- The Washington Times - Wednesday, May 9, 2007

First of two parts

BAGHDAD — U.S. forces in the Iraqi capital are “fighting a two-front war, block by block,” says Command Sgt. Maj. Alan Bjerke of the battle for Baghdad, where his soldiers face daily bomb and gunfire attacks along the city’s sectarian fault lines.

Every day since the surge began in early February, U.S. soldiers have gone out among this city’s 6 million people for 10 to 12 hours at a time. They patrol the streets, sit in cramped Iraqi homes listening to families, mediate disputes, raid homes, detain suspects, and uncover bombs, weapons, suicide vests and the tools of torture.

Roughly halfway into what U.S. commanders acknowledge is their last, best chance to turn the tide in Iraq, there are pockets of peace in the capital where — when the military blocks off a neighborhood — citizens can crowd onto the street to shop, talk and drink tea, and children can circle around a willing soldier shouting “Mista, Mista, give me one ball.”

But there are problems in Iraq much greater than a soccer ball can fix. And they may be greater than a U.S. force projected to peak at about 160,000 troops can accomplish unless the Iraqi government is able to capitalize on the small wedges of peace that U.S. forces are creating.

U.S. commanders say they will not be able to make a fair assessment of the new strategies until September. But even as fresh U.S. troops pour into Baghdad — 4,000 arrived last week — Iraqis’ confidence in their own government is eroding.

“Half the parliament is with al Qaeda, and the other half is with the militia,” said Feras, a young Iraqi who, like many of his countrymen, would not be quoted by more than his first name. “We have a dirty parliament, a dirty militia and a dirty war.”

Cabinet ministers, Feras charged over cups of tea, are loyal only to their parties and are totally corrupt.

“They are not working for their country; they are working for their future,” he said in disgust. “If you want to make peace, you have to take away all their guns and their power.”

Moving in

The key to the Baghdad security plan put in place by Gen. David H. Petraeus is to secure neighborhoods by placing U.S. troops among the Iraqi people in small bases known as Joint Security Stations (JSS) or Command Outposts (COP).

Sitting in the shade of a well-tended flower garden in one of the wealthier neighborhoods on the edge of the Sadr City slum, 1st Lt. Chris Alexander explained the theory to Capt. Ahmer, a national police officer who for security reasons would provide only one name.

“In the past, it was hard because units patrolled for security only. Now you see Americans living with you, in JSSes, so they can get to know the people and help on a more personal level than before,” Lt. Alexander said.

U.S. troops, working side by side with Iraqi army or police, mount daily patrols from these stations and outposts but, in reality, are little closer to their Iraqi neighbors than before.

The posts are normally secured behind one or two rows of 10-foot-high concrete walls; in some cases, the windows are partly boarded up and guards are posted at the entries. Even then, the troops feel dangerously vulnerable: In recent weeks, at least three car bombs have slammed into the walls of outposts, and troops are shot at every day.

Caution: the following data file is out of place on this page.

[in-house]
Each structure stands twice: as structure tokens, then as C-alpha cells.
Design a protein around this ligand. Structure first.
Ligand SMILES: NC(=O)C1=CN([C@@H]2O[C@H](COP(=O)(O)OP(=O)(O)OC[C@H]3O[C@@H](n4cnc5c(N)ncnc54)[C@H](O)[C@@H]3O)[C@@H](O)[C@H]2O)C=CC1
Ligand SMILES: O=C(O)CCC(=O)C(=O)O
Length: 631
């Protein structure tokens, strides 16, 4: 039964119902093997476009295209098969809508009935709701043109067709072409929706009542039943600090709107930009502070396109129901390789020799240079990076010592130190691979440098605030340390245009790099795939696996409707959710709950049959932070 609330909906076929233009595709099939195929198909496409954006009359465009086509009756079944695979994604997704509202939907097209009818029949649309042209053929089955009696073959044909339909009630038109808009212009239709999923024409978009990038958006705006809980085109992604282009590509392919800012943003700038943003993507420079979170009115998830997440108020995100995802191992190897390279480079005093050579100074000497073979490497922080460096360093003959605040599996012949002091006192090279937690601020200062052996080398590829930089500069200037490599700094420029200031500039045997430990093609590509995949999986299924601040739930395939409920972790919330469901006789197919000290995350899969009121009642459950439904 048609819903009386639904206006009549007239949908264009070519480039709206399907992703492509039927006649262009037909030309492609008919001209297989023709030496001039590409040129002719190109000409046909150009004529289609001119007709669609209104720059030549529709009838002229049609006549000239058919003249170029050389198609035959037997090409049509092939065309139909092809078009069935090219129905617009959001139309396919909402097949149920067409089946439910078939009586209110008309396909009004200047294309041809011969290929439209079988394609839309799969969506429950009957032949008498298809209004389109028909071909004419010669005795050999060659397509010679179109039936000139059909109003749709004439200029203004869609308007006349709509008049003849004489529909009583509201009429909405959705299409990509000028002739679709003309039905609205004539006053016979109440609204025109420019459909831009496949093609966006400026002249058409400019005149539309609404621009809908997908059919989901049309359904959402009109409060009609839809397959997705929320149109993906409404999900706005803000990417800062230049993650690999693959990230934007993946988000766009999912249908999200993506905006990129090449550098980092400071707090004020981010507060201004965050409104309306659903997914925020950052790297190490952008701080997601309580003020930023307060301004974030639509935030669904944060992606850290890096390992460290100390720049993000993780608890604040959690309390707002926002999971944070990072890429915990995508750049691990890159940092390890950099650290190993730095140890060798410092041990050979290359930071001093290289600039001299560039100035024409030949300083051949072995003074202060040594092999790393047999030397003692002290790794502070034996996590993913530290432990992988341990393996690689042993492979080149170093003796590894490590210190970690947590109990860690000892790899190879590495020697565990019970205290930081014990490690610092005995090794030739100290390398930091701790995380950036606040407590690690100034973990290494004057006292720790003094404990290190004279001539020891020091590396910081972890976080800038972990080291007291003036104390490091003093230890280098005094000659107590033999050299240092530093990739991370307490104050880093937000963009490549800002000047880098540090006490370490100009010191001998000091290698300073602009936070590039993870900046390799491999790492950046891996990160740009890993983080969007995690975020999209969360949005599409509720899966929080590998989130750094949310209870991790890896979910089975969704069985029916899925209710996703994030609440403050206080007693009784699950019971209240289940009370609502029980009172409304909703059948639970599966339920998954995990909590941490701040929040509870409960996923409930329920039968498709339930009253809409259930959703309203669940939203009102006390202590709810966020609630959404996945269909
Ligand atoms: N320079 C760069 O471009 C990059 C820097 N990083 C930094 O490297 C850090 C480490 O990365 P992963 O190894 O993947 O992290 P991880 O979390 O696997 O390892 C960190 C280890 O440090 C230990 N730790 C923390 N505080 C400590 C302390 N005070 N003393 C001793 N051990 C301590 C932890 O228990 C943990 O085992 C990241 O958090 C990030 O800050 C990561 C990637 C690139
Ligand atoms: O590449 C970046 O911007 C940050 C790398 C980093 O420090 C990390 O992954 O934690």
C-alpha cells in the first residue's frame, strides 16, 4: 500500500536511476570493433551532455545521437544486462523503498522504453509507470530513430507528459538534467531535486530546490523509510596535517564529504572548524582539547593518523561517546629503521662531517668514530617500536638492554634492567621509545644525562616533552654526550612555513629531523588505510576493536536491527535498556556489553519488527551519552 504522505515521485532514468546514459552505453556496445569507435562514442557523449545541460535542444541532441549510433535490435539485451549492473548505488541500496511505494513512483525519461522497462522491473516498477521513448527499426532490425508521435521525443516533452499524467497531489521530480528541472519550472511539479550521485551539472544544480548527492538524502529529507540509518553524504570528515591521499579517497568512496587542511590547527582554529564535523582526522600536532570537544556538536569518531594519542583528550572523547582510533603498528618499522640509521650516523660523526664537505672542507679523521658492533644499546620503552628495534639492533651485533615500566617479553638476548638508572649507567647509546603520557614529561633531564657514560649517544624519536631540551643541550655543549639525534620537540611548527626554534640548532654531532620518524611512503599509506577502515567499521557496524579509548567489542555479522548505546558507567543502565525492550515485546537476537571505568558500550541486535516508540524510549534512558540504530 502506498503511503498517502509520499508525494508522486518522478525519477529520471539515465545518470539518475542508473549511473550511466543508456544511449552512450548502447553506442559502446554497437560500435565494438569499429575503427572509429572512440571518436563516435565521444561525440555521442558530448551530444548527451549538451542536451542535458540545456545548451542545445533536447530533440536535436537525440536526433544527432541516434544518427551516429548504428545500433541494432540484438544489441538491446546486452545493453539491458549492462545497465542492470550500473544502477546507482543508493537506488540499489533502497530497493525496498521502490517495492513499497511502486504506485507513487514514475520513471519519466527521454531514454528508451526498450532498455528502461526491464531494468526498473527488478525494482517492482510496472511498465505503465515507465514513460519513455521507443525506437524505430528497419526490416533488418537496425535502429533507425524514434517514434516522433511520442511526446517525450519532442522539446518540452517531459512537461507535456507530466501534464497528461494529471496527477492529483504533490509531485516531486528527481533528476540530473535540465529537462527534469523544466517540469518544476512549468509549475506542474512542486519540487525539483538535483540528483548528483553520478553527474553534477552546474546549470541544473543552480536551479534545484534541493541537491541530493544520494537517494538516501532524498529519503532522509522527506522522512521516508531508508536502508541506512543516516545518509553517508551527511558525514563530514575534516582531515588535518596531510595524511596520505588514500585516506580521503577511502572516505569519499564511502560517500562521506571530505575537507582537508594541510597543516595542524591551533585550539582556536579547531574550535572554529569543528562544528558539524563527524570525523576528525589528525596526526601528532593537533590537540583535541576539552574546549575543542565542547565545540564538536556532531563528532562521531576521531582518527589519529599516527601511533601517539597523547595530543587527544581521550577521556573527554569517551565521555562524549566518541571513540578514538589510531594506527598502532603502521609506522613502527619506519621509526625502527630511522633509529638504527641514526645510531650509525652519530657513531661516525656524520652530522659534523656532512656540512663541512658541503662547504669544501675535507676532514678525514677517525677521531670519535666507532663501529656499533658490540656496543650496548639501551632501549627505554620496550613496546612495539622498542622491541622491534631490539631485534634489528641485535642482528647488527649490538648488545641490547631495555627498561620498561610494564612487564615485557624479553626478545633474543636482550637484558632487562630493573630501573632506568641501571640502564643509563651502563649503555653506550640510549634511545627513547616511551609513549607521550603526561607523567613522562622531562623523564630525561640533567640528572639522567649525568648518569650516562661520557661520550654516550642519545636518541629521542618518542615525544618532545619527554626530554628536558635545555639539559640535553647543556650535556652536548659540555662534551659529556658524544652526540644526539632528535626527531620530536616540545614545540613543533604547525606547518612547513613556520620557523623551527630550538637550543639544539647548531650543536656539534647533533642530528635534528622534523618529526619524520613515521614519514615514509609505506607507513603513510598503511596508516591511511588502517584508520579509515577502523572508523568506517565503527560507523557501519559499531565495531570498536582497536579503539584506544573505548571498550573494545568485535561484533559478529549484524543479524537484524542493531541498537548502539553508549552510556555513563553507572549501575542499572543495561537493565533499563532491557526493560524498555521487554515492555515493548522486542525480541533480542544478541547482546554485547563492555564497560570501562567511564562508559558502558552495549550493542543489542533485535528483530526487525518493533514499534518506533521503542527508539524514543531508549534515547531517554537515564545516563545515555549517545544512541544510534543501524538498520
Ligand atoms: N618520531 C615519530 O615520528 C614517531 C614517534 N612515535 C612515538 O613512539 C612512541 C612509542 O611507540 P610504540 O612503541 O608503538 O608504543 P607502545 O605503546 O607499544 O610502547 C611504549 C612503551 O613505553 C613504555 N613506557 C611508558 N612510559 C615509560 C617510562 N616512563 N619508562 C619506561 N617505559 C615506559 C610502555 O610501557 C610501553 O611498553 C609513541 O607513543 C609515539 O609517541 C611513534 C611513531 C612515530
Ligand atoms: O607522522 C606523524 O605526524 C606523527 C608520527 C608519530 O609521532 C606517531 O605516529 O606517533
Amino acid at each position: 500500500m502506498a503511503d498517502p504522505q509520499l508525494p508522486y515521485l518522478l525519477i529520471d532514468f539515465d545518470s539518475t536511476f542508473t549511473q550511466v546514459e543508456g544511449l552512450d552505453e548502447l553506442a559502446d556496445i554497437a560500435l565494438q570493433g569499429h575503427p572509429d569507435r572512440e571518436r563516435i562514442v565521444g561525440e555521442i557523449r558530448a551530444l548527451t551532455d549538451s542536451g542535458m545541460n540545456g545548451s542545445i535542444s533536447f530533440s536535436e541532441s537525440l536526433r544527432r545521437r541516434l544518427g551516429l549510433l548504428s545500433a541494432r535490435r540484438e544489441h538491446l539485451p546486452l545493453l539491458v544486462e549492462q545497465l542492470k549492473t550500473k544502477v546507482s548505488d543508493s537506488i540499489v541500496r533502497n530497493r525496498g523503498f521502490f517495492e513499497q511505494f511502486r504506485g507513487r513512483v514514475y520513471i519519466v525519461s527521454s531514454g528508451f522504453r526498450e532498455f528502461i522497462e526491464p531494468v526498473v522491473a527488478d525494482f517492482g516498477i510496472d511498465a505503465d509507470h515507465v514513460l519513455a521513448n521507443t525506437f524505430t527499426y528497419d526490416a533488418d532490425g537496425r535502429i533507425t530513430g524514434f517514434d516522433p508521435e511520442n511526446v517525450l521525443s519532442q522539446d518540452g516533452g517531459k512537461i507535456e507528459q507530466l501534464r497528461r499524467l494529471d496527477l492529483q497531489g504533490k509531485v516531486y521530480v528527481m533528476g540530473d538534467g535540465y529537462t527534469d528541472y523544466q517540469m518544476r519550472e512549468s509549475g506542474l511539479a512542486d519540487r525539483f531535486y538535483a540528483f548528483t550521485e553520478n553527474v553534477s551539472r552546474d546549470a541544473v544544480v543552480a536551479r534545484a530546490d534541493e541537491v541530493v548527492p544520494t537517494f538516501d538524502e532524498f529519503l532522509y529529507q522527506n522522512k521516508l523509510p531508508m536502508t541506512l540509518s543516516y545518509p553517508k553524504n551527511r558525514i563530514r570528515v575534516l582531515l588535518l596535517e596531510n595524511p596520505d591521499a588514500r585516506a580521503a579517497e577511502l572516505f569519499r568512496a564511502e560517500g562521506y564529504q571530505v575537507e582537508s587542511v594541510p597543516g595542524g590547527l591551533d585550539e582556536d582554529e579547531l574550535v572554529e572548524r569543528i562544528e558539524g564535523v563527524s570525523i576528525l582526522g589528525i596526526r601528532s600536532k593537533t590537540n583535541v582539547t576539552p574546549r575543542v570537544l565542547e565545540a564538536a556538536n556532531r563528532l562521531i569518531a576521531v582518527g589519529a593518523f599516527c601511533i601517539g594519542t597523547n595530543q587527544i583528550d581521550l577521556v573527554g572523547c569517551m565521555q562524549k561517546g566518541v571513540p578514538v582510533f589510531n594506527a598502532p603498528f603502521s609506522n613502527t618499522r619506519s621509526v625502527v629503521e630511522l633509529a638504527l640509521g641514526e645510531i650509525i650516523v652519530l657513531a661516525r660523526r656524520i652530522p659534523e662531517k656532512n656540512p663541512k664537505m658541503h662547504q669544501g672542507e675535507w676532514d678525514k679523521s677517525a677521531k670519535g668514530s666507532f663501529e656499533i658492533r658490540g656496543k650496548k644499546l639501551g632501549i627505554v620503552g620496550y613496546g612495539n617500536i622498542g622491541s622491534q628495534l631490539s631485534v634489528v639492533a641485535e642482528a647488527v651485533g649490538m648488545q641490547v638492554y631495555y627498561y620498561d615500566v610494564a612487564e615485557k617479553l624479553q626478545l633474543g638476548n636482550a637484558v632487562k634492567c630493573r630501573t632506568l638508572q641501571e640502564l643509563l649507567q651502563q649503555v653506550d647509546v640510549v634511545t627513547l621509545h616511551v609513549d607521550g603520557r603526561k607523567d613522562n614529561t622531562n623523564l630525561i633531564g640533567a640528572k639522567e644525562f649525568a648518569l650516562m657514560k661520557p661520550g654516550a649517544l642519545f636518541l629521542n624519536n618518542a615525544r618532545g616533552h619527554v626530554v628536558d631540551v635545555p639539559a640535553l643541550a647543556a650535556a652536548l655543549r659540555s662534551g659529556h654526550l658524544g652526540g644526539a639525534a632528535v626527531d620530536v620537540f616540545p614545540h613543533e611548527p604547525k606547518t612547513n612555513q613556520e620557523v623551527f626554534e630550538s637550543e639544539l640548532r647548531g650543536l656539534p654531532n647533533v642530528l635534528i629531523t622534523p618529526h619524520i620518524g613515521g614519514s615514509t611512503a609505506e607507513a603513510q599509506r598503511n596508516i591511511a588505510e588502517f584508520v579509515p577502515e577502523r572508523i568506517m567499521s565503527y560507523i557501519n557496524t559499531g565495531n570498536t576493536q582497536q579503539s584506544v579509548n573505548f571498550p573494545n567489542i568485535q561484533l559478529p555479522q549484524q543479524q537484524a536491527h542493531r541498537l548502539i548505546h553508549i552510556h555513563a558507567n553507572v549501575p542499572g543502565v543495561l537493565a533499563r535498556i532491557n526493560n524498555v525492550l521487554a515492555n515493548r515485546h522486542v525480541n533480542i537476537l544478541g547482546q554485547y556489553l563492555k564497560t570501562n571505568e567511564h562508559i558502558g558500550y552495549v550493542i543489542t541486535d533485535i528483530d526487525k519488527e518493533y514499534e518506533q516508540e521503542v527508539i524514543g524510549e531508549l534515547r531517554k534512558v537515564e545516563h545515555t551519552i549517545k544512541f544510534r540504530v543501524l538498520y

Soldiers also find it hard to present a friendly face to Iraqi civilians after seeing their colleagues killed and dismembered by snipers and roadside explosives.

“It’s a natural tendency, when you lose your buddy, to lash out,” said Lt. Col. Frank Andrews of the 2nd Brigade Combat Team, 10th Mountain Division, which patrols a large area south of Baghdad.

But Command Sgt. Maj. Jeff Mellinger, interviewed shortly before leaving Iraq after three years in the theater, said the troops understand the restraints.

“It’s not a dilemma; it is just how it is. It’s who we are — we aren’t them. The terrorists, the murderers, they are willing to do anything, no conscience, no remorse.

“We have got principles, and we are going to maintain the moral high ground. Does it handicap us? Sometimes. [But] we are not going to play their game by their rules,” he said.

Getting worse

Another feature of the new security plan is the creation of so-called “gated communities,” designed to protect Sunni neighborhoods from Shi’ites and vice versa.

The name conjures up an image of elegant white houses, swimming pools and golf courses. But these communities are sealed off by concrete walls and sandbags piled 6 feet high and guarded by police and military forces.

The measures are providing some security, but Iraqis worry that their population is becoming even more divided along sectarian lines.

Overall rates of violence dropped in the early part of the surge, but April brought a dramatic increase of bombings and the highest casualty rate for U.S. troops this year.

From March 26 to April 17, 1,131 Iraqi civilians were killed and 1,347 wounded while coalition forces suffered 38 dead and 231 wounded, according to U.S. military statistics. Enemy casualties were posted as 105 killed, 40 wounded and 1,087 detained.

On April 14, according to figures not normally released to the public, there were 27 bombings and car bombings, 348 civilians killed including 19 homicides, and 392 wounded. There were 59 instances of direct and indirect fire on coalition forces in which 12 were hurt — 11 of whom were affected by nitric acid.

On April 15, there were 24 bombings and car bombings, seven more found and detonated, 61 civilians killed, 130 wounded, and two coalition soldiers and 16 enemy forces killed.

On April 16, 14 bombs went off, nine were found and detonated. There were six homicides, two explosions, and 21 instances of direct and indirect fire — including small arms, mortars and rocket-propelled grenades — against coalition forces alone.

The list goes on.